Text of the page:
|114||THE APOLOGY OF AL KINDY.|
aright, and direct thy feet into 'the strait path,' by His power and grace!"
The remainder of the Apology is devoted by Al Kindy to the evidences of Christianity and a brief account of the life and teaching of our Saviour. His Friend had begged for this;1 and Al Kindy compliments him as specially qualified, both by natural gifts and by knowledge of the subject, to grasp the argument. He first offers up a prayer that the Holy Spirit's light and guidance might be shed upon his Friend, and all his readers; and then proceeds with his subject.
Eight pages are devoted to the prophecies of the Old Testament, from all parts of which quotations are freely taken. It is unnecessary to say more than that neither in the passages selected, nor in the manner of applying them, does the Apology materially differ from similar treatises in the present day. The section closes with a powerful defence of the Jewish Scriptures against the charge of interpolation and corruption. First we have their common use from the earliest times by Christians as well as Jews, notwithstanding that these are irreconcilably opposed to each other on every point besides this only one. Then the Scriptures are attested by the Coran itself, for in it we read as follows:"If thou art in doubt as to what We have revealed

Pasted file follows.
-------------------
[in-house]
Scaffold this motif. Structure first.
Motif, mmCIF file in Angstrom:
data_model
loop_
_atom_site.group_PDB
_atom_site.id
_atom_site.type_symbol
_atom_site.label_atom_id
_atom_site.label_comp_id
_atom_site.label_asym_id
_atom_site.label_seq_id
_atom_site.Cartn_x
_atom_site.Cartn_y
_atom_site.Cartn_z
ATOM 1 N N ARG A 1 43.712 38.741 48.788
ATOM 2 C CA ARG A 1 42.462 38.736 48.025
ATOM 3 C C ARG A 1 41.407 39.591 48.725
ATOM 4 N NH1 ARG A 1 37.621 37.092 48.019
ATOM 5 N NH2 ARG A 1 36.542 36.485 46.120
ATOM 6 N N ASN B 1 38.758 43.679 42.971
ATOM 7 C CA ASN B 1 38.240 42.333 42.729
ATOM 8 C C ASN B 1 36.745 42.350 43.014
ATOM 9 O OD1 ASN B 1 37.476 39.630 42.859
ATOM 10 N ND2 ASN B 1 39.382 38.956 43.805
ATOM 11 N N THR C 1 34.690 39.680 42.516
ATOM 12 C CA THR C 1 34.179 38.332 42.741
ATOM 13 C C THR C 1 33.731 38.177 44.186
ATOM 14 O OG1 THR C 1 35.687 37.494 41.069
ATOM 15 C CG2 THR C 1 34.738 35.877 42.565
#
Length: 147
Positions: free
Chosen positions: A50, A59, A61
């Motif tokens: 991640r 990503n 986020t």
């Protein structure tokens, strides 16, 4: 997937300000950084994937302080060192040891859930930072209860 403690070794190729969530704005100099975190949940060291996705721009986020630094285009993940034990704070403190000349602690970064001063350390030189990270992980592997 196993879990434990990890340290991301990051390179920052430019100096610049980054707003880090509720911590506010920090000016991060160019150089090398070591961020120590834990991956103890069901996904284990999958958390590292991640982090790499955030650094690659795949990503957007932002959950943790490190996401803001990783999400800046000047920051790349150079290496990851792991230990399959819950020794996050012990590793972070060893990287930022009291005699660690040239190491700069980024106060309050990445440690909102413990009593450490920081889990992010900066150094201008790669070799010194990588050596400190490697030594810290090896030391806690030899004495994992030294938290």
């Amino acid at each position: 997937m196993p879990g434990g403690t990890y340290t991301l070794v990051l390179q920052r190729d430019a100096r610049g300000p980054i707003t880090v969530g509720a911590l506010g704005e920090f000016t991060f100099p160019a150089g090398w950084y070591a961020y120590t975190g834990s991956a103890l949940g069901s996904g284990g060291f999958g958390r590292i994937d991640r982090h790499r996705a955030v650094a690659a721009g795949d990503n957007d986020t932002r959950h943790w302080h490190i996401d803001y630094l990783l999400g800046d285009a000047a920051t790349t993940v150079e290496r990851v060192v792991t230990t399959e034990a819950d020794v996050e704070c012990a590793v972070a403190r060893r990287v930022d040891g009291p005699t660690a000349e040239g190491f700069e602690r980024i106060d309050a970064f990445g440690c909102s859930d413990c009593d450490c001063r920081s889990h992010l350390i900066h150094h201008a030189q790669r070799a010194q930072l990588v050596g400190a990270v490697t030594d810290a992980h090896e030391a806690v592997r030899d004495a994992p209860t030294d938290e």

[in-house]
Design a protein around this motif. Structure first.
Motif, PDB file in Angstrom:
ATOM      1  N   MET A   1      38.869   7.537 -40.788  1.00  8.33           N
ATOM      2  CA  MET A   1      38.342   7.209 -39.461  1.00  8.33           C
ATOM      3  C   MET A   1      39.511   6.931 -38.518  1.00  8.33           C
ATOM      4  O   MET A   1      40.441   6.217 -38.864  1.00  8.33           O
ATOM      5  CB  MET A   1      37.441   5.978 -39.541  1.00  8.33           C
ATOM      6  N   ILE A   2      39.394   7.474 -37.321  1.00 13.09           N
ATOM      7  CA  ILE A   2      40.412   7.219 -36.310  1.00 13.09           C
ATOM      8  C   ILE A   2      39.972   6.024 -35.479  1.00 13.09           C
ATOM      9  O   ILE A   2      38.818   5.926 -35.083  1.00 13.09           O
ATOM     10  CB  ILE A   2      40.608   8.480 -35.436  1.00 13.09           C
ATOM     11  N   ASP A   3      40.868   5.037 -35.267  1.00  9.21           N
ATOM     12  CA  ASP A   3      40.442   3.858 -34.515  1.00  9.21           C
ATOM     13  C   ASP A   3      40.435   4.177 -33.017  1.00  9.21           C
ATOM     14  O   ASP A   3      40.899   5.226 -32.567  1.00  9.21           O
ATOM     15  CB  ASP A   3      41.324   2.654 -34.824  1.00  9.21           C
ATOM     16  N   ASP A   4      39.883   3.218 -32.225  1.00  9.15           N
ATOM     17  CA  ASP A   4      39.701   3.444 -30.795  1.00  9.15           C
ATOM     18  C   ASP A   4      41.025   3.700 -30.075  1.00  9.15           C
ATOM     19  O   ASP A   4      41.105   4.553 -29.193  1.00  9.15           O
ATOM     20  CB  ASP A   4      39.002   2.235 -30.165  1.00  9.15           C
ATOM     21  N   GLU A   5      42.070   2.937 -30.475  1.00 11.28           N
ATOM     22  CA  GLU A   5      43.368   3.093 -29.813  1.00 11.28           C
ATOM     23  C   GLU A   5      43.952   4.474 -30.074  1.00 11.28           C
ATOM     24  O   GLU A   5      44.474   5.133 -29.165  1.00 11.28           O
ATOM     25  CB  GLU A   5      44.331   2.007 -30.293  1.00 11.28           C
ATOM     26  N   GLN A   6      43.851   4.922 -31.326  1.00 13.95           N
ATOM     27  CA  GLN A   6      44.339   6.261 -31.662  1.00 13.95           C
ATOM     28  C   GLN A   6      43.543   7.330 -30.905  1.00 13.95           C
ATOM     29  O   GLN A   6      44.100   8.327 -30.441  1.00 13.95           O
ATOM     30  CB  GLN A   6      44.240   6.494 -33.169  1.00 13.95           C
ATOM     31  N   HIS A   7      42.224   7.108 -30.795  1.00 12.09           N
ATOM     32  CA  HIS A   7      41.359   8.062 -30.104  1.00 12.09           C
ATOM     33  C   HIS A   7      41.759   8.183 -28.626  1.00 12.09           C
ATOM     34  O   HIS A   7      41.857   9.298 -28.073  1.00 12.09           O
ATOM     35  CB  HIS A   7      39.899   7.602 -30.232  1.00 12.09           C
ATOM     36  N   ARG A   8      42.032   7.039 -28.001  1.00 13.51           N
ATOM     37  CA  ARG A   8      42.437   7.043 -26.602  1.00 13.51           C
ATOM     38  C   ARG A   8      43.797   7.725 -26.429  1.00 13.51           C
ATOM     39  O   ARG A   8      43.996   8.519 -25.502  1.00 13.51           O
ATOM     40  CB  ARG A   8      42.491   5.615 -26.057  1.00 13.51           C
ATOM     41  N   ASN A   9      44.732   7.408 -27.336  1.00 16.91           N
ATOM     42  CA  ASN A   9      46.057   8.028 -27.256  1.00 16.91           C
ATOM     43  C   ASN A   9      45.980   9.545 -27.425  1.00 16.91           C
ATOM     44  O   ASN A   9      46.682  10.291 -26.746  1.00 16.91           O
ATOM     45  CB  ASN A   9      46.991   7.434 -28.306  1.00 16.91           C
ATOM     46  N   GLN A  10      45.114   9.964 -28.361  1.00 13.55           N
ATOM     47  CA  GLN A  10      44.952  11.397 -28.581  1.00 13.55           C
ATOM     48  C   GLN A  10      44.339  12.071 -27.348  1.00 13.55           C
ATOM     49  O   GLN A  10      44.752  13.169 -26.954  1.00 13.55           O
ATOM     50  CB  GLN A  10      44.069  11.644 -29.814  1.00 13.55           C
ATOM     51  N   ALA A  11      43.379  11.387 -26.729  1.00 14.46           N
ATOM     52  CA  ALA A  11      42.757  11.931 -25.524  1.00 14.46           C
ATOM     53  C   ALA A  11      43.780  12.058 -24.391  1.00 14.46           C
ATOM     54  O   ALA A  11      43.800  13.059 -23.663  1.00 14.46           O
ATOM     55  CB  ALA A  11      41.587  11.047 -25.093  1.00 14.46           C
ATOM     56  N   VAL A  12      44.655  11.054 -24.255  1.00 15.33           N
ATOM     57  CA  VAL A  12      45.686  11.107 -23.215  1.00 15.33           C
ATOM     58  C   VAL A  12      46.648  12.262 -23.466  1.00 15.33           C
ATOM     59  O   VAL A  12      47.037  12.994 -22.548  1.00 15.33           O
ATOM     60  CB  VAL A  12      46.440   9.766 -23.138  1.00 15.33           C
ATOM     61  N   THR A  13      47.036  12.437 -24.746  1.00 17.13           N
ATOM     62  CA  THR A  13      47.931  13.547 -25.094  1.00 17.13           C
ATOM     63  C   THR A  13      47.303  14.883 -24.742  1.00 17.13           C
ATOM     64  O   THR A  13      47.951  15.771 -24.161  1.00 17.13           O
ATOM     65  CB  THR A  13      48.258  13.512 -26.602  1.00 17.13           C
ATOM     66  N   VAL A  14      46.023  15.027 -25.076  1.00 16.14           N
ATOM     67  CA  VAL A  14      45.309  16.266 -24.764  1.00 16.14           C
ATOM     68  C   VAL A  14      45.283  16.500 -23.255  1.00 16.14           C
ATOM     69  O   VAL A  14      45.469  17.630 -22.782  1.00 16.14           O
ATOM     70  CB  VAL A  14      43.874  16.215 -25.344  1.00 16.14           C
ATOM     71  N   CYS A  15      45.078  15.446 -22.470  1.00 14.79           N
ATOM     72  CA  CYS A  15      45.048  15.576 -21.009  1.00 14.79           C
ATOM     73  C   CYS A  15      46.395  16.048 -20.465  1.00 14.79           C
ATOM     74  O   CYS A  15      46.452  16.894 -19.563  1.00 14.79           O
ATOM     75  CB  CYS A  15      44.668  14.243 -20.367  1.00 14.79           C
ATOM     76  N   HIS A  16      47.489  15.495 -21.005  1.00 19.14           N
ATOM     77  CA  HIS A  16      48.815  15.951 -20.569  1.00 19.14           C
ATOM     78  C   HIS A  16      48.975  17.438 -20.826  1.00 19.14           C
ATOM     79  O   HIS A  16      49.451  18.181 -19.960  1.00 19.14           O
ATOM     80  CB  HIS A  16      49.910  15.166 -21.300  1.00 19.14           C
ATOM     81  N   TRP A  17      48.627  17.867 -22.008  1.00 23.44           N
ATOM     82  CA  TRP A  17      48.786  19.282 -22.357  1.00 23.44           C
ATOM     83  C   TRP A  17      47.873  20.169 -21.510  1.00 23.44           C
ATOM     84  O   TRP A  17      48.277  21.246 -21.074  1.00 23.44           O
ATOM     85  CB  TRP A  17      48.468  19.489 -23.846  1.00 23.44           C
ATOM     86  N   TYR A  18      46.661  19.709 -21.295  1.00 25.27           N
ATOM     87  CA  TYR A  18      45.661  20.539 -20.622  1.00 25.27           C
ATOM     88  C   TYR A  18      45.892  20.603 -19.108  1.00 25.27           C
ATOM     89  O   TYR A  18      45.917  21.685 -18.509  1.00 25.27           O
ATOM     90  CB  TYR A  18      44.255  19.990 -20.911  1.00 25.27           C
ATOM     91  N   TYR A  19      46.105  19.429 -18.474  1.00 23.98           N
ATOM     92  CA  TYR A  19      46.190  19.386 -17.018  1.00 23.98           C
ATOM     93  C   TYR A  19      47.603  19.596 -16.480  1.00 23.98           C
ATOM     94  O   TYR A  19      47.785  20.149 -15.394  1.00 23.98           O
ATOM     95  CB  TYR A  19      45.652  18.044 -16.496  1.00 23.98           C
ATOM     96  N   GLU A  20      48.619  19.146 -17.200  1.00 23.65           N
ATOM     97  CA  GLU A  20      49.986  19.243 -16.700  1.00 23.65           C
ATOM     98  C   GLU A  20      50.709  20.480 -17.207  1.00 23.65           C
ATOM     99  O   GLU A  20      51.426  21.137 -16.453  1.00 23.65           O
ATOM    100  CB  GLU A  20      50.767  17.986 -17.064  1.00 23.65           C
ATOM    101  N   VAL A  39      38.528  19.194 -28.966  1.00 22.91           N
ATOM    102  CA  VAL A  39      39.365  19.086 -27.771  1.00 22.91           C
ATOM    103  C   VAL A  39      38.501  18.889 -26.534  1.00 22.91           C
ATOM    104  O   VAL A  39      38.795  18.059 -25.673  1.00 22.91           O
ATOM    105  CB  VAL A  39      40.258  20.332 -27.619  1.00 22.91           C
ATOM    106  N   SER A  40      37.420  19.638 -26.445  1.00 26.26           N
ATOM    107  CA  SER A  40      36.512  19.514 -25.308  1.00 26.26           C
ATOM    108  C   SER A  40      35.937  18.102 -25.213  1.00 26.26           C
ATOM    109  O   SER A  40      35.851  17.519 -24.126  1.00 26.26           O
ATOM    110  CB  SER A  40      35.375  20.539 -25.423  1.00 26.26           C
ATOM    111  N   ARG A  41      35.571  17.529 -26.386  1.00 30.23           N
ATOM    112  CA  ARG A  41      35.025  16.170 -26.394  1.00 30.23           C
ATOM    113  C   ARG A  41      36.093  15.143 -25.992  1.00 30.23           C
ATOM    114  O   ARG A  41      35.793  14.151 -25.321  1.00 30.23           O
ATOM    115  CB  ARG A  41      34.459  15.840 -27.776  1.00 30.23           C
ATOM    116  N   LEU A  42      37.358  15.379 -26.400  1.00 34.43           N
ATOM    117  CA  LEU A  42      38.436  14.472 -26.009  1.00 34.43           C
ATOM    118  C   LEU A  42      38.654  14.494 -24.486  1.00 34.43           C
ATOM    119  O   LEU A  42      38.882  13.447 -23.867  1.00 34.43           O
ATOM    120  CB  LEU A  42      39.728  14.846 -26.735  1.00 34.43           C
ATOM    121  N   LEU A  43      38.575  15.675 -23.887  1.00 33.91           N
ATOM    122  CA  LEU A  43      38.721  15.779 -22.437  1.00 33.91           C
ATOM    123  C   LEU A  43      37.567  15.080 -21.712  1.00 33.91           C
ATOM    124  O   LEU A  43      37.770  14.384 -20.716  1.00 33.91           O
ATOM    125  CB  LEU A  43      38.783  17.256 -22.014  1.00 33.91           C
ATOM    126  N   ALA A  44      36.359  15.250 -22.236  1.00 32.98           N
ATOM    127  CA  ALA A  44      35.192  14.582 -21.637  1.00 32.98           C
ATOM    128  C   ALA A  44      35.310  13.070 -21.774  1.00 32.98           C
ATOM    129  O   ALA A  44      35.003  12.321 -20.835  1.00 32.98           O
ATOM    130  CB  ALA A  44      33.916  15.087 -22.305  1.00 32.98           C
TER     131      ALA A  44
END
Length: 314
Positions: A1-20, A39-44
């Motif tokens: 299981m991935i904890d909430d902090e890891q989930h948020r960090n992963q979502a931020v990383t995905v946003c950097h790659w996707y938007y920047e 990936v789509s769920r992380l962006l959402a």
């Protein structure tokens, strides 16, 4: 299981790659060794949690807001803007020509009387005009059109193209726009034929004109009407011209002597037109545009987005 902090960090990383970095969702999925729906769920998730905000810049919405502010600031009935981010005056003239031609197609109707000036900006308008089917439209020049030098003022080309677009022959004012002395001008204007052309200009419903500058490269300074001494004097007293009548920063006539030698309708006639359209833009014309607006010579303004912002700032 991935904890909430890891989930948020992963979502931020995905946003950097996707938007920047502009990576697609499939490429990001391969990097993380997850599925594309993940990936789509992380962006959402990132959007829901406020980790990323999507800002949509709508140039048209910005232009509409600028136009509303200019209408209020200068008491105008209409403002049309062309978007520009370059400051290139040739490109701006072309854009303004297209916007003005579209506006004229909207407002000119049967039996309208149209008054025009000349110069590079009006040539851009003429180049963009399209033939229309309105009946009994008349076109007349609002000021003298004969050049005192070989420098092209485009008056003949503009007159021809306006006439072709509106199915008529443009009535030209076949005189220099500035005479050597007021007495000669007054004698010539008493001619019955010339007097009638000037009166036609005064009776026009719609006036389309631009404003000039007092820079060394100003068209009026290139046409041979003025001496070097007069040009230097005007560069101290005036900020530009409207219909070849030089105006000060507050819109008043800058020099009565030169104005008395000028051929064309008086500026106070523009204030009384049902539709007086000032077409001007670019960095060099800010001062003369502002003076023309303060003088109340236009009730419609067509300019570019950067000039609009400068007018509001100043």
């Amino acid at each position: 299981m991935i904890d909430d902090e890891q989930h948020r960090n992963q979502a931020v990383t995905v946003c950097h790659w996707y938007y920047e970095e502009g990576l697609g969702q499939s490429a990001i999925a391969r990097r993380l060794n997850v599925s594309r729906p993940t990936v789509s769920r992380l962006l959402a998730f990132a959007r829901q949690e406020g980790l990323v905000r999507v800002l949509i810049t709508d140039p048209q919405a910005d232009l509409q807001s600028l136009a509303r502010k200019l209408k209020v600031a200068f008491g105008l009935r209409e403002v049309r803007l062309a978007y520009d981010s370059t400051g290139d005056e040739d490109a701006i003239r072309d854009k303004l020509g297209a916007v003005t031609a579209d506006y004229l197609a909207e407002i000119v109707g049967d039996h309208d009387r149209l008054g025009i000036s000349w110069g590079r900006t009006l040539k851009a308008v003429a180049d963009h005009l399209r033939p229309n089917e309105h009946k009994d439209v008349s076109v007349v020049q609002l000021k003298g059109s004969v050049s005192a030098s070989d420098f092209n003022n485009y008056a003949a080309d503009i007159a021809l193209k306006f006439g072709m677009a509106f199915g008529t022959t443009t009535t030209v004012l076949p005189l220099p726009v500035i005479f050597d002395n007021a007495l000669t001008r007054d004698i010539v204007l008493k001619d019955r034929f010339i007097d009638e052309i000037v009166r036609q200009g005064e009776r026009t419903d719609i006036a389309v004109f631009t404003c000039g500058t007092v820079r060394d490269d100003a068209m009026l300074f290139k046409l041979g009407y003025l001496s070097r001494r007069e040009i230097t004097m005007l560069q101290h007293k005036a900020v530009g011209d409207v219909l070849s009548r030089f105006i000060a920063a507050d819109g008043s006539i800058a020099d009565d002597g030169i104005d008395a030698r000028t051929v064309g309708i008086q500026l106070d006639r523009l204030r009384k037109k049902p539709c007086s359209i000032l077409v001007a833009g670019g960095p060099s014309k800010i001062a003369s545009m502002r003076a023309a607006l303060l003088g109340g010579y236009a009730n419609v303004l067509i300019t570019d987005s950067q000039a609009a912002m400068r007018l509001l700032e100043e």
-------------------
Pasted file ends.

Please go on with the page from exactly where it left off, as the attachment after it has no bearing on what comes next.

Sura x. 93.
|unto thee, then ask those who read the Book (revealed) from before thee,that verily the truth hath come unto thee from thy Lord, and be not thou among them that doubt." And still more explicitly:"They to whom we have given the Book read it according to its true reading. These are they that believe therein; and whosoever believeth not therein, they shall be lost." "Our 'reading' is here asserted to be the right one, and thy Master directeth that we (that is we Christians) are to be asked concerning the same, and that what we declare in respect of it must be accepted. How then canst thou accuse us of corruption, or of 'changing the text from its place?' That would be to contradict thyself, and go back from the rule of fair interpretation which we agreed upon for the conduct of this argument." He points out further the utter impossibility of collusion. How could nations of different religion, and various sects scattered over every land, agree to falsify their Scriptures? It were an unheard-of thing. Finally, he contrasts the Christian Scriptures with the Moslem, dwelling briefly on his former arguments as to the heterogeneous character of the materials and composition of the Coran, and the compulsory enforcement of its acceptance, without miracle or proof, at the point of the sword. "Judge fairly, my Friend; for verily the Lord hath appointed reason and the balance of justice to be the test in this matter; and thou, if thou inquirest sincerely, wilt surely, by the. blessing of God, attain unto the Truth."|